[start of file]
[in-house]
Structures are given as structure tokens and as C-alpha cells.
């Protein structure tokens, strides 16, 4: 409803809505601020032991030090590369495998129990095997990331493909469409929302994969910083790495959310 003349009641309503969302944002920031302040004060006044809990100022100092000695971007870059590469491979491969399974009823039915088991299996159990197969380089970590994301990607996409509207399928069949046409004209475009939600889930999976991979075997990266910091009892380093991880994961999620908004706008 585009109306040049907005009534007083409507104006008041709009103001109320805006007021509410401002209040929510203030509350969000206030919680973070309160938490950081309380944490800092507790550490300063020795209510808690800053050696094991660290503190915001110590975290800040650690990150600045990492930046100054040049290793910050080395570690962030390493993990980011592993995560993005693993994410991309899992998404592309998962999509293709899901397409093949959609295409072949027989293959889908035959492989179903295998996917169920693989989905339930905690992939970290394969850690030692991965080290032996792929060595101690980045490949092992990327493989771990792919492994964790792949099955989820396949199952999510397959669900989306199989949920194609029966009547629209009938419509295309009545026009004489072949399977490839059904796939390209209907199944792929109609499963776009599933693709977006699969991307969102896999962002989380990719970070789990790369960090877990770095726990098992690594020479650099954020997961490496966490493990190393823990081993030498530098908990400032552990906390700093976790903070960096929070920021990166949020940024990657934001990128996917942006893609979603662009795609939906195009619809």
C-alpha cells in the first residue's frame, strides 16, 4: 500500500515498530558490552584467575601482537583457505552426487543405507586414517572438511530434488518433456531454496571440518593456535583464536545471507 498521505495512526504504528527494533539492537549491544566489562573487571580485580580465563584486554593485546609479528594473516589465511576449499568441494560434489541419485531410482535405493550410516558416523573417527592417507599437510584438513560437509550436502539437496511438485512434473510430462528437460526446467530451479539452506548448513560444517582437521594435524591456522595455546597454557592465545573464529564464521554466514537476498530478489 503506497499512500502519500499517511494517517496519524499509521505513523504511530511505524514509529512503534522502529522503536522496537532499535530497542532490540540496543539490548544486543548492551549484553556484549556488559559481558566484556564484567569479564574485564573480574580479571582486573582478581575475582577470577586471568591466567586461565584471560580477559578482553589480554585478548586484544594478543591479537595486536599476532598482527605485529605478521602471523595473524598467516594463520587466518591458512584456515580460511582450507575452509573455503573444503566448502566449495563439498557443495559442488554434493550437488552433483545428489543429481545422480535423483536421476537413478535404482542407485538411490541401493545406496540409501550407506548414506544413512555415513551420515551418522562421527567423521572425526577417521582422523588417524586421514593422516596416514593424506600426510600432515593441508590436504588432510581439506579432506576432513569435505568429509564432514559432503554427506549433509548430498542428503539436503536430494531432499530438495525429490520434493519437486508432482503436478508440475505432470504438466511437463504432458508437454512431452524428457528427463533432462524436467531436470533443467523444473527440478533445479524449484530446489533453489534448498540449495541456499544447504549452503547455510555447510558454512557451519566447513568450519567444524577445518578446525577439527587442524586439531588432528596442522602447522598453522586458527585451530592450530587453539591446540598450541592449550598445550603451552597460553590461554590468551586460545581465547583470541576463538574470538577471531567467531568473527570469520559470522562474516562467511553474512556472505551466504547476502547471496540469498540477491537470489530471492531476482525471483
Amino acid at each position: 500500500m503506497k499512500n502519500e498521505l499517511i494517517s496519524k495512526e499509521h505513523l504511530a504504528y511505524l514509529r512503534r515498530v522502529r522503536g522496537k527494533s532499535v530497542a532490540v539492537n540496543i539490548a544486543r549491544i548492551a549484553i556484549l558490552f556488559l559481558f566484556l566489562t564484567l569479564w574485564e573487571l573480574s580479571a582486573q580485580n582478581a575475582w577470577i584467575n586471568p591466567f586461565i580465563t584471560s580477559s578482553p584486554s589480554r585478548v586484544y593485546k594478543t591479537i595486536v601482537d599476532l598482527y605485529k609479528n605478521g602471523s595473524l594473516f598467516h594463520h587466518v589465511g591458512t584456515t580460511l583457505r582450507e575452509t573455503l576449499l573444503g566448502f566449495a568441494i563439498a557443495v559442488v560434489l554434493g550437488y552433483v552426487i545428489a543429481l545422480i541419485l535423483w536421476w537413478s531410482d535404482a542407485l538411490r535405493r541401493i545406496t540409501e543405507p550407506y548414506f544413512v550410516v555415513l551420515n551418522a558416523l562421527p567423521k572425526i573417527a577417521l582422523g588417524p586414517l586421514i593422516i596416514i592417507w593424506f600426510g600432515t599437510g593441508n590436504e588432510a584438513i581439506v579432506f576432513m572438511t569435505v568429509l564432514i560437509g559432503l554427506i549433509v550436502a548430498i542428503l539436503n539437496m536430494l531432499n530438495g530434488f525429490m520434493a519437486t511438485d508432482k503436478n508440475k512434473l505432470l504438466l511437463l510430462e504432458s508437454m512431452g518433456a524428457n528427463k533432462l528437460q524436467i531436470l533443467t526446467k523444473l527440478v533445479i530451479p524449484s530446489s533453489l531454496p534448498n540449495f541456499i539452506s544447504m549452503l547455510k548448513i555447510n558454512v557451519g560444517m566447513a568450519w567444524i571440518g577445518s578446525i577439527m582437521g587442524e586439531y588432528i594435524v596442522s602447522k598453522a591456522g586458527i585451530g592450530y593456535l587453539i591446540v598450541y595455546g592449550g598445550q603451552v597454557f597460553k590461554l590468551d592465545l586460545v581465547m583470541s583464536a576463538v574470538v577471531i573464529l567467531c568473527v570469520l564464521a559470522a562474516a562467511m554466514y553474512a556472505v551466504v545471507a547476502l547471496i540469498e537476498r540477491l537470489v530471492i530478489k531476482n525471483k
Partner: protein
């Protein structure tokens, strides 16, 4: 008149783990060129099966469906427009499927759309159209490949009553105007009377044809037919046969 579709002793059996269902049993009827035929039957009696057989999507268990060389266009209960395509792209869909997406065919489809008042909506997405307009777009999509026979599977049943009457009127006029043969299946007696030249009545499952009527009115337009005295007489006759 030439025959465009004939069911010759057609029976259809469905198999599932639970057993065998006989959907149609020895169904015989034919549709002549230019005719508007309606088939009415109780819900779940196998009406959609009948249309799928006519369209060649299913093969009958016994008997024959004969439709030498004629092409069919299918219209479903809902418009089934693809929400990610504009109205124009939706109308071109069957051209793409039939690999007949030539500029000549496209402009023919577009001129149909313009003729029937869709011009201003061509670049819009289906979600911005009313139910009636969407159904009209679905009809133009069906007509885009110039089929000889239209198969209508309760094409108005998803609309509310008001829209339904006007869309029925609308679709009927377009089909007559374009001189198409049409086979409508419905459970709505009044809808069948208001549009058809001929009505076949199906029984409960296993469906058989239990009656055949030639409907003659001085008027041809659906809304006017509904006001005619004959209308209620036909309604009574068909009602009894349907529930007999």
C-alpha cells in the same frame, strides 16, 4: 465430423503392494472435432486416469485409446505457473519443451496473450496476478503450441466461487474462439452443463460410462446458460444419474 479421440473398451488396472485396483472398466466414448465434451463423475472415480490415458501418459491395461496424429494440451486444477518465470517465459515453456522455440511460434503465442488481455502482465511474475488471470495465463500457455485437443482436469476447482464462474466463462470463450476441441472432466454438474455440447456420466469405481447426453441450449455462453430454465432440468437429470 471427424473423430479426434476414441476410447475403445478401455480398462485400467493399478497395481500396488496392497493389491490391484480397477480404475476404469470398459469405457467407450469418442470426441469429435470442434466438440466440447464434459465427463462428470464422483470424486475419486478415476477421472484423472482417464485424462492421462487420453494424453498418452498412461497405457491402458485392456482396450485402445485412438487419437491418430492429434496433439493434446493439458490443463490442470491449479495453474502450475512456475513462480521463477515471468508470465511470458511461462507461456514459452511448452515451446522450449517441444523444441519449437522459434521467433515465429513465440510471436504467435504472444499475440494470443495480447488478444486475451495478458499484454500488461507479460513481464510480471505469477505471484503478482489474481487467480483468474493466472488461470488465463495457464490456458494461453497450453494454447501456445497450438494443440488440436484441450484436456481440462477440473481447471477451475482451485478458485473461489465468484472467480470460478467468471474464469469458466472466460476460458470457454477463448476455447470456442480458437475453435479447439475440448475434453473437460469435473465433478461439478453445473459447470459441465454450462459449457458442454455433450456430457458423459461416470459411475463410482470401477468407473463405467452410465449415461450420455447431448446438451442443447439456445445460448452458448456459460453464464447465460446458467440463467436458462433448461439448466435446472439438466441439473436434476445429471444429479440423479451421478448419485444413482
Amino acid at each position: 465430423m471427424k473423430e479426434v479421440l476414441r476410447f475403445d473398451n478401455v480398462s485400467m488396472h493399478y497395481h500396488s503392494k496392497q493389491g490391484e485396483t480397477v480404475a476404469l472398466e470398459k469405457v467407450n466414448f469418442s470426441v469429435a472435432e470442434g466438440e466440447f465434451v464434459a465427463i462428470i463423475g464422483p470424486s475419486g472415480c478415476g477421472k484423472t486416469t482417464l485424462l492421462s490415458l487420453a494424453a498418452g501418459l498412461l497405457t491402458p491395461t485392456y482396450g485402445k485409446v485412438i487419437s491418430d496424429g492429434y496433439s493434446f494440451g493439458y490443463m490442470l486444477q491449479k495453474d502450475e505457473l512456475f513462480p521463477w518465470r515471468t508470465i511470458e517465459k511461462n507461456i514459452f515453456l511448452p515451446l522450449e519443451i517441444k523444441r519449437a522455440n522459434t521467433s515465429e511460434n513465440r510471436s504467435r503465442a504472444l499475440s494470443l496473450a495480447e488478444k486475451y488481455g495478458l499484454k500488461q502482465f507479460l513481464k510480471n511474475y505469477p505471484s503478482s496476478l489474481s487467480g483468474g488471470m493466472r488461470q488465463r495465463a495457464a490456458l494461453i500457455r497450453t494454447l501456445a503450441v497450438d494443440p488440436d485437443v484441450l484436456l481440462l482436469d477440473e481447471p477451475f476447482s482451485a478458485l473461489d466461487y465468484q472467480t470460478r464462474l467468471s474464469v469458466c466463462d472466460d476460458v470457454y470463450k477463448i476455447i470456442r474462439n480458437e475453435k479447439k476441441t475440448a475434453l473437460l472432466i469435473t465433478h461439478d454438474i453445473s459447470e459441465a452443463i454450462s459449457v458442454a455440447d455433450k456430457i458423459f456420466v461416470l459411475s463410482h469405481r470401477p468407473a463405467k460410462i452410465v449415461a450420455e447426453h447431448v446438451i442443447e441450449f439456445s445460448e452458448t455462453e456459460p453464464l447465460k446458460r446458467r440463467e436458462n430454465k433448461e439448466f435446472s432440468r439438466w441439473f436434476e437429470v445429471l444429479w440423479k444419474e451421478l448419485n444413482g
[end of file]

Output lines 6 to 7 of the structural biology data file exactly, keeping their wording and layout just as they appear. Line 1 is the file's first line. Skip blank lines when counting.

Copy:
Partner: protein
């Protein structure tokens, strides 16, 4: 008149783990060129099966469906427009499927759309159209490949009553105007009377044809037919046969 579709002793059996269902049993009827035929039957009696057989999507268990060389266009209960395509792209869909997406065919489809008042909506997405307009777009999509026979599977049943009457009127006029043969299946007696030249009545499952009527009115337009005295007489006759 030439025959465009004939069911010759057609029976259809469905198999599932639970057993065998006989959907149609020895169904015989034919549709002549230019005719508007309606088939009415109780819900779940196998009406959609009948249309799928006519369209060649299913093969009958016994008997024959004969439709030498004629092409069919299918219209479903809902418009089934693809929400990610504009109205124009939706109308071109069957051209793409039939690999007949030539500029000549496209402009023919577009001129149909313009003729029937869709011009201003061509670049819009289906979600911005009313139910009636969407159904009209679905009809133009069906007509885009110039089929000889239209198969209508309760094409108005998803609309509310008001829209339904006007869309029925609308679709009927377009089909007559374009001189198409049409086979409508419905459970709505009044809808069948208001549009058809001929009505076949199906029984409960296993469906058989239990009656055949030639409907003659001085008027041809659906809304006017509904006001005619004959209308209620036909309604009574068909009602009894349907529930007999």